QSE sees strong buying support from foreign, local institutions
July 02 2017 08:46 PM
QSE
There was lower net selling pressure from Gulf institutions amid a 2.31% fall in the 20-stock Qatar Index to 8,822.15 points ahead of the deadline to meet 13-point demands imposed by the siege countries to end last night.

Reopening after week-long Eid al-Fitr holidays, the Qatar Stock Exchange saw strong buying support from foreign as well as domestic institutions and settled at a little over 8,800 points.

There was lower net selling pressure from Gulf institutions amid a 2.31% fall in the 20-stock Qatar Index to 8,822.15 points ahead of the deadline to meet 13-point demands imposed by the siege countries to end last night.
Amidst an overall bearish overhang, there was buying interests in the transport sector in the market, whose year-to-date losses were at 15.47%.
The market saw steep declines in the first 30 minutes after which there were mild buying interests for the next 15 minutes only to see profit-booking for the major part of the remaining session, taking the index to a low of less than 8,700 points. Some last minute stronger buying drove the index up, but to finally settle lower against the previous close.
Islamic stocks were seen declining faster than the main as well as other indices in the bourse, whose capitalisation stood at QR477.1bn.
Nevertheless, local retail investors turned bearish and there was increased net selling by their Gulf and non-Qatari counterparts in the market.
Trade turnover and volumes were on the rise in the bourse, where banking, realty and telecom sectors together accounted for about 84% of the total volumes.
The Total Return Index stood at 14,794.22 points, the All Share Index at 2,515.44 points and the Al Rayan Islamic Index at 3,487.77 points.
The transport index soared 1.78%; while consumer goods fell 3.97%, followed by industrials (3.36%), telecom (3.26%), banks and financial services (2.62%), real estate (2.36%) and insurance (2.03%).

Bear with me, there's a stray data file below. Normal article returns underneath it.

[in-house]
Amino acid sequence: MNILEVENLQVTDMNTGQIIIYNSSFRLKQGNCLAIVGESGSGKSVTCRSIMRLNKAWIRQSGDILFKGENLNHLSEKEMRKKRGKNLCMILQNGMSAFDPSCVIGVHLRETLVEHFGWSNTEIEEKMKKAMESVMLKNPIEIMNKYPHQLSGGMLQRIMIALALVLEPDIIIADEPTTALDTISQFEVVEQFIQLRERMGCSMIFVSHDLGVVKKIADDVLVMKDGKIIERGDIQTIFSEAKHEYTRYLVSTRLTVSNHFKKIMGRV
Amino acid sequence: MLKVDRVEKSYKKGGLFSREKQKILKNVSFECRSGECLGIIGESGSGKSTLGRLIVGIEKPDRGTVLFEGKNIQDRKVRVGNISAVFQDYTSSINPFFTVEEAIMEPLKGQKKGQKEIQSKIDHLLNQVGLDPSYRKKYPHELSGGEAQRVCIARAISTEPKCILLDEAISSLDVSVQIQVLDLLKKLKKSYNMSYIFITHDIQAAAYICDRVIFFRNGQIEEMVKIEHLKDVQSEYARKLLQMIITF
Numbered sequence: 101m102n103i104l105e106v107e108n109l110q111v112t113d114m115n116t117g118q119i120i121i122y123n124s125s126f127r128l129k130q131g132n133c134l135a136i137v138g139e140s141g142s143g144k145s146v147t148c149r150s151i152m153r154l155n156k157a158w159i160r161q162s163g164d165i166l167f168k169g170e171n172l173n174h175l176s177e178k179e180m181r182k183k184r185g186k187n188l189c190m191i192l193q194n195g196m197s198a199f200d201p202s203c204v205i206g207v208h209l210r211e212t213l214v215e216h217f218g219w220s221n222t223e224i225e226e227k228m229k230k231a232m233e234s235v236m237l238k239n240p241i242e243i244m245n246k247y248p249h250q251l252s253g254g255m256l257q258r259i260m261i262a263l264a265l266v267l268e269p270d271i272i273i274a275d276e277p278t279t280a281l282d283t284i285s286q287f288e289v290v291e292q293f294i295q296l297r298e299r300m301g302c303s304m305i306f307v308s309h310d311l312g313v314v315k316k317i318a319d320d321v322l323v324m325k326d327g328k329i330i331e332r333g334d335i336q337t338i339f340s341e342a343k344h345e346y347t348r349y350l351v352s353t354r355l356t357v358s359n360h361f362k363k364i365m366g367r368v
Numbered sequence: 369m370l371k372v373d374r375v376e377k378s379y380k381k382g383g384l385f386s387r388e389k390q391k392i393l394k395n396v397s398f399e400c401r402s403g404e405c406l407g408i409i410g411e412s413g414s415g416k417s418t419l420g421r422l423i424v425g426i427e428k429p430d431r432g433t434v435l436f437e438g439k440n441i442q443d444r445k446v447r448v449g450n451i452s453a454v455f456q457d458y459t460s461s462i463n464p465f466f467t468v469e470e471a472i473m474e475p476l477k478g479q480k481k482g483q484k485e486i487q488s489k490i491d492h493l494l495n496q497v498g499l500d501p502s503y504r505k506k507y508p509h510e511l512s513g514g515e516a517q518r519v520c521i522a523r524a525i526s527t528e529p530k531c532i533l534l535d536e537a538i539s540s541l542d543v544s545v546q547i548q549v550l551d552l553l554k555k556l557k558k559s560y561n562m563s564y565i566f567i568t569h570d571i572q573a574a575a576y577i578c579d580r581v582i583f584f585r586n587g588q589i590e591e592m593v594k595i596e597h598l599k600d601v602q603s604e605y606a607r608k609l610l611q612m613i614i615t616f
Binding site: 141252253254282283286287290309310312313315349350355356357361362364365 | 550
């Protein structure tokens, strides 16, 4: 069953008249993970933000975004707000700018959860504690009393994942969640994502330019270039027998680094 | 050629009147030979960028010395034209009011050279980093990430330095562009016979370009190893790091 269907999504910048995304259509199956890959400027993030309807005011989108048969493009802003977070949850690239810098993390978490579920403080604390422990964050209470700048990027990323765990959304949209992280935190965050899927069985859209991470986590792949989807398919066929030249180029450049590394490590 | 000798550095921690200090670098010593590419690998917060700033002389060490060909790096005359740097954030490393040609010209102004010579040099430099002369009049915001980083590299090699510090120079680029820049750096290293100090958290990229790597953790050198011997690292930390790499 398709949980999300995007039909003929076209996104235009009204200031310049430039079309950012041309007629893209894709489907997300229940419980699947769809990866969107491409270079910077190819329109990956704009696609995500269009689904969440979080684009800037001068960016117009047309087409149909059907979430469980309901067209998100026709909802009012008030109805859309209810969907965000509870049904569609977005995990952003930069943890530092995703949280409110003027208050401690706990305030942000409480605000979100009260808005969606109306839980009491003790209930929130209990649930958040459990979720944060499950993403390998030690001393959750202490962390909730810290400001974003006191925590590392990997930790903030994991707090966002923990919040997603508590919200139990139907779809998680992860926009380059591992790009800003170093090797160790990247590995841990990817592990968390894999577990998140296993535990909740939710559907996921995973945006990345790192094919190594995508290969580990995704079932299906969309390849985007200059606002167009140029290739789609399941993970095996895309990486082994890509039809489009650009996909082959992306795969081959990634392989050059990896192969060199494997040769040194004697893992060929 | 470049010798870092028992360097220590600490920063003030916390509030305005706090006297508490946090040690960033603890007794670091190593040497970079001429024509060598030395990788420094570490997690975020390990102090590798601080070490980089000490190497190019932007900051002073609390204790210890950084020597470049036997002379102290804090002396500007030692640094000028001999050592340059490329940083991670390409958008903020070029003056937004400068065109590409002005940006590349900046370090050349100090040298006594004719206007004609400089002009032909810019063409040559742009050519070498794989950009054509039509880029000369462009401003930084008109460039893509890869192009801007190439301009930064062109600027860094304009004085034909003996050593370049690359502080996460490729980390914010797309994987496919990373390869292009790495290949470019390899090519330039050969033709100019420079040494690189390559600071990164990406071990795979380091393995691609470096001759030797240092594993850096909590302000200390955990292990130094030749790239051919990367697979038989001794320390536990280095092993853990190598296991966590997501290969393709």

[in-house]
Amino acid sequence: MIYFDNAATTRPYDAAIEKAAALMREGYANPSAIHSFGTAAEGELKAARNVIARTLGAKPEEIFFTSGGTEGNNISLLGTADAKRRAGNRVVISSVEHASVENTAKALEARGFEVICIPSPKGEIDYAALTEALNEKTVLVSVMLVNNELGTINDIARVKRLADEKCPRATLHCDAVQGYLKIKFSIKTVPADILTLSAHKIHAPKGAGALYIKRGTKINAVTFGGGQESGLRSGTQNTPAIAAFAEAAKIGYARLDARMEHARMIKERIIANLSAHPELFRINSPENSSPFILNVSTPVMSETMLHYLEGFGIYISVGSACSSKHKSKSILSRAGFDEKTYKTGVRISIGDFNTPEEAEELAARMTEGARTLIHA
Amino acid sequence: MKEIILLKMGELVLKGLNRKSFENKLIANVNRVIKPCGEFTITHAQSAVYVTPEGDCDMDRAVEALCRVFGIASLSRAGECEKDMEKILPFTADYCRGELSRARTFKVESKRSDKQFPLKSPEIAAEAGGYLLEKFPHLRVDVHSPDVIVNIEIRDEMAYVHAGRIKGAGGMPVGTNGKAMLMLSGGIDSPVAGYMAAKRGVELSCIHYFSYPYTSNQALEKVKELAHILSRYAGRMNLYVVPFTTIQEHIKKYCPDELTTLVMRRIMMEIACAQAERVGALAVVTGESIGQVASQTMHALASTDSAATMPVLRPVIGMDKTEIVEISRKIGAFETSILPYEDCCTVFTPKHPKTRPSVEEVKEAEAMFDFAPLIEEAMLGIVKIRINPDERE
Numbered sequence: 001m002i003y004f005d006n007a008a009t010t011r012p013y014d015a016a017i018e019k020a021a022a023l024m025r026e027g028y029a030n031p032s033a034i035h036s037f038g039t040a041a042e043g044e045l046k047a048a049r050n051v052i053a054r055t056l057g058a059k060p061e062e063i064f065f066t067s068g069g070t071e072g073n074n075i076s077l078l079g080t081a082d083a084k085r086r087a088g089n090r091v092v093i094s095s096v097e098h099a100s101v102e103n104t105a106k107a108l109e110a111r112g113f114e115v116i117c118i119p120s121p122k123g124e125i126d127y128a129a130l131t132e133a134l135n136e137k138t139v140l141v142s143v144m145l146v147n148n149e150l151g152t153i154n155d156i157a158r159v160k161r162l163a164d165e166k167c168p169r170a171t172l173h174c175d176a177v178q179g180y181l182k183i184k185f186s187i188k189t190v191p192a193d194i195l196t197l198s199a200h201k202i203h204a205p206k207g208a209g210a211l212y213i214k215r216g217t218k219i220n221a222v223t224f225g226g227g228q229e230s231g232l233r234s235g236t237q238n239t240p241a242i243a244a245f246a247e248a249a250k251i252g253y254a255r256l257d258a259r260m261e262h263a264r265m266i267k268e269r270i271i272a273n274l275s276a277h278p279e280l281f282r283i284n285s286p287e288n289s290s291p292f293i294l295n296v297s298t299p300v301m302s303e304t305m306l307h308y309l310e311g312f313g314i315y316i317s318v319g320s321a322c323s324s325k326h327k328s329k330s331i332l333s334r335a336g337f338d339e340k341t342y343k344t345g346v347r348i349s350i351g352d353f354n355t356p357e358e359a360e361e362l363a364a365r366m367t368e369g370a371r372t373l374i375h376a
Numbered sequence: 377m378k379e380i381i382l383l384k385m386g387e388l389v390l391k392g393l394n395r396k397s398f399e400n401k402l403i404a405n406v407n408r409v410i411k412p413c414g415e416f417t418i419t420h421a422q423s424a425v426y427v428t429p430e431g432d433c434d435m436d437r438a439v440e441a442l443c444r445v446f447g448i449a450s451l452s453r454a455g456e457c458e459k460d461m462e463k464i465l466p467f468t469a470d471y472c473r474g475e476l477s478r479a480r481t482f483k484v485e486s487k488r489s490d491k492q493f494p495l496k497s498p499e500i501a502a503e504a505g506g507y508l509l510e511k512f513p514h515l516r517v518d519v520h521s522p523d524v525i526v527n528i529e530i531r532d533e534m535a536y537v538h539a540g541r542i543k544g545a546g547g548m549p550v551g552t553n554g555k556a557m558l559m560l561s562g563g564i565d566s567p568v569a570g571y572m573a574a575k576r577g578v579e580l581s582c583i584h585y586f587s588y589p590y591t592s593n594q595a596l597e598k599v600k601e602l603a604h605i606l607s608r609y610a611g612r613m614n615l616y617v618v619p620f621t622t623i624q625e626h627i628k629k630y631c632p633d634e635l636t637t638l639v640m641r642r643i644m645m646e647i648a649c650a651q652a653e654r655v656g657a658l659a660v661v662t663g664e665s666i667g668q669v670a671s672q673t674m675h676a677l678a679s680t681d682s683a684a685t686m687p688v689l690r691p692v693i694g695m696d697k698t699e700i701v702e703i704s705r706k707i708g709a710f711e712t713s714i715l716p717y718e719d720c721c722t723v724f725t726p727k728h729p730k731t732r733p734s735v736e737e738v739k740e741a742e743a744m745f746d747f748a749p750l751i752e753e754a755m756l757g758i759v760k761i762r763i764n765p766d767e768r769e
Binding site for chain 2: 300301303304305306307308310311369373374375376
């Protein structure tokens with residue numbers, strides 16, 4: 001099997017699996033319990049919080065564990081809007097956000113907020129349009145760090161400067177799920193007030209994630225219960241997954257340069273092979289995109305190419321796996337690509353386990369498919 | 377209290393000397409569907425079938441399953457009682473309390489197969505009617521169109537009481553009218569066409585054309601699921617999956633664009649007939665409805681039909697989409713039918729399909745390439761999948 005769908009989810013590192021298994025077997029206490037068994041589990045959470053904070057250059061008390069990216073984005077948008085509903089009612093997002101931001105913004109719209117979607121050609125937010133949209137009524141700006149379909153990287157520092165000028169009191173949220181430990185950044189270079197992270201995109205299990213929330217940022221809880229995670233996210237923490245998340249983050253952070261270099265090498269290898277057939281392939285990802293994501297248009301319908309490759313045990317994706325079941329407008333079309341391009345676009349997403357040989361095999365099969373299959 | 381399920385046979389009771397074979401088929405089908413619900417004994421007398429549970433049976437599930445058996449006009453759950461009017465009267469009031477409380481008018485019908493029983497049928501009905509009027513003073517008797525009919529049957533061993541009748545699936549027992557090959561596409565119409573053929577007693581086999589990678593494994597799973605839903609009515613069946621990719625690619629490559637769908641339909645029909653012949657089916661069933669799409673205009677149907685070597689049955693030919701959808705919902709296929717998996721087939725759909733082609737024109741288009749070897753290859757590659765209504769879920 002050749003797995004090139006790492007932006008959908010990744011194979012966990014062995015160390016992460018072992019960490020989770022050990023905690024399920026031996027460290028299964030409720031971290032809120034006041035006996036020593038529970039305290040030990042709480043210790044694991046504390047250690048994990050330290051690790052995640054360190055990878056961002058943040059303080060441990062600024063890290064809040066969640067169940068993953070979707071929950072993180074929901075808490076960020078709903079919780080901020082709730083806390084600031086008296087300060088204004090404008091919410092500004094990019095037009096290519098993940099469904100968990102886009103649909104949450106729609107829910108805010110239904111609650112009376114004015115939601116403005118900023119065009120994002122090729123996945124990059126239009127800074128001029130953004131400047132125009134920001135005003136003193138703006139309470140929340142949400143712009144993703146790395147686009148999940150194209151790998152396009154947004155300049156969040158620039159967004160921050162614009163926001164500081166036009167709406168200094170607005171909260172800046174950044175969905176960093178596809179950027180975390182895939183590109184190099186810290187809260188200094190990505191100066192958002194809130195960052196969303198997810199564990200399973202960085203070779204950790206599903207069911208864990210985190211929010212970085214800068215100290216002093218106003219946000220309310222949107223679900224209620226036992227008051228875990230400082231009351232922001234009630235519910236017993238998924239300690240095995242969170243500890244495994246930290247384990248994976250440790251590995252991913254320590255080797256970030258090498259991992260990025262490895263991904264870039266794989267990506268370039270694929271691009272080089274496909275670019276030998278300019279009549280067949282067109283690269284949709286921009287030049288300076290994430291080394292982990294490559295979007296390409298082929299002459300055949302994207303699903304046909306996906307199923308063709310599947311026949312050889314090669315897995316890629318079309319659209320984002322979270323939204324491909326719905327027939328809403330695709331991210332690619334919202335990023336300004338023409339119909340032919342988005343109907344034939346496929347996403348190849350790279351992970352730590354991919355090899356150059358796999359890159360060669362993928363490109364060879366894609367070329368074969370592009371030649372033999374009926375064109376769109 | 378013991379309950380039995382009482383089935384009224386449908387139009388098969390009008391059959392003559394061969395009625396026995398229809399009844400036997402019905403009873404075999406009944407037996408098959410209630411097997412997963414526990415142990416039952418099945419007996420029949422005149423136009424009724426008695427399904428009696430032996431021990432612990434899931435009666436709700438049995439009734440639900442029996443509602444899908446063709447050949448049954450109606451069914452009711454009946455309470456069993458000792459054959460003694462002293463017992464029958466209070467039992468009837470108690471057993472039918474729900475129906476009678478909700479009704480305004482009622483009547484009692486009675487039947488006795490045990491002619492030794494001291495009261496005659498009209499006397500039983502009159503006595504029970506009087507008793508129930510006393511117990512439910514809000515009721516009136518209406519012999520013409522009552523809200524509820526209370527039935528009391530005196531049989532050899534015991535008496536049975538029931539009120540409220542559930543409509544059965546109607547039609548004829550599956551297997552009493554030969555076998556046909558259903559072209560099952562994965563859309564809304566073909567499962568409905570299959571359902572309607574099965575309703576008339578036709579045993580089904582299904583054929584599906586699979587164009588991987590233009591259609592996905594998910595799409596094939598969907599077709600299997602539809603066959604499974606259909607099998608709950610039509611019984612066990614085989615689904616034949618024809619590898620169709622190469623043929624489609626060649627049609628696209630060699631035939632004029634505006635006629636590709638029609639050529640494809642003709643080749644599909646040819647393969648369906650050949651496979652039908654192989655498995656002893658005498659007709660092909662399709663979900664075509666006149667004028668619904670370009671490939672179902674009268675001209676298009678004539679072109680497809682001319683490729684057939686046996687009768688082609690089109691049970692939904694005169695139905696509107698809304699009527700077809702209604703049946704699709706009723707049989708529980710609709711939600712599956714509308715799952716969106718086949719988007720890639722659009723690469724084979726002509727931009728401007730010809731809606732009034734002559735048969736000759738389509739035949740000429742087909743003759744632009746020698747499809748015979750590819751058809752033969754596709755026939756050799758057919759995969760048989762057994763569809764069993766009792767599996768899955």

Major gainers included Milaha and Qatar Islamic Insurance; even as Industries Qatar, Gulf International Services, Aamal Company, Mesaieed Petrochemical Holding, Vodafone Qatar, Ooredoo, Qatar Islamic Bank, QNB, Commercial Bank, Doha Bank, al khaliji, Masraf Al Rayan, Mazaya Qatar and Ezdan were among the losers.
Non-Qatari institutions’ net buying strengthened substantially to QR69.84mn compared to QR30.72mn on June 22.
Domestic institutions’ net buying also increased considerably to QR41.01mn against QR1.44mn the previous trading day.
GCC (Gulf Cooperation Council) funds’ net selling fell influentially to QR15.75mn compared to QR30mn last Thursday.
However, local retail investors turned net sellers to the tune of QR41.6mn against net buyers of QR17.15mn on June 22.
GCC individuals’ net selling grew significantly to QR27.73mn compared to QR12.78mn the previous trading day.
Non-Qatari retail investors’ net profit-booking rose perceptibly to QR25.73mn against QR6.53mn last Thursday.
Total trade volumes rose 14% to 14.29mn shares and value by 8% to QR391.69mn, while deals fell 5% to 4,126.
There was a 41% surge in the real estate sector’s trade volume to 3.72mn equities and 17% in value to QR55.43mn but on a 26% decline in transactions to 580.
The banks and financial services sector’s trade volume soared 33% to 6.49mn stocks, value by 35% to QR199.27mn and deals by 11% to 1,788.
The transport sector’s trade volume expanded 7% to 0.6mn shares, whereas value shrank 17% to QR13.72mn despite flat transactions at 266.
The consumer goods sector reported a 2% rise in trade volume to 0.49mn equities but on a 40% slump in value to QR26.58mn and 7% in deals to 410.
However, the telecom sector’s trade volume plummeted 29% to 1.73mn stocks, value by 44% to QR19.58mn and transactions by 40% to 297.
The market witnessed a 20% drop in the industrials sector’s trade volume to 0.93mn shares but on an 8% increase in value to QR57.29mn and less than 1% in deals to 690.
The insurance sector’s trade volume was down 6% to 0.33mn equities; while value grew 9% to QR19.81mn transactions by 19% to 95.
In the debt market, there was no trading of treasury bills and government bonds.



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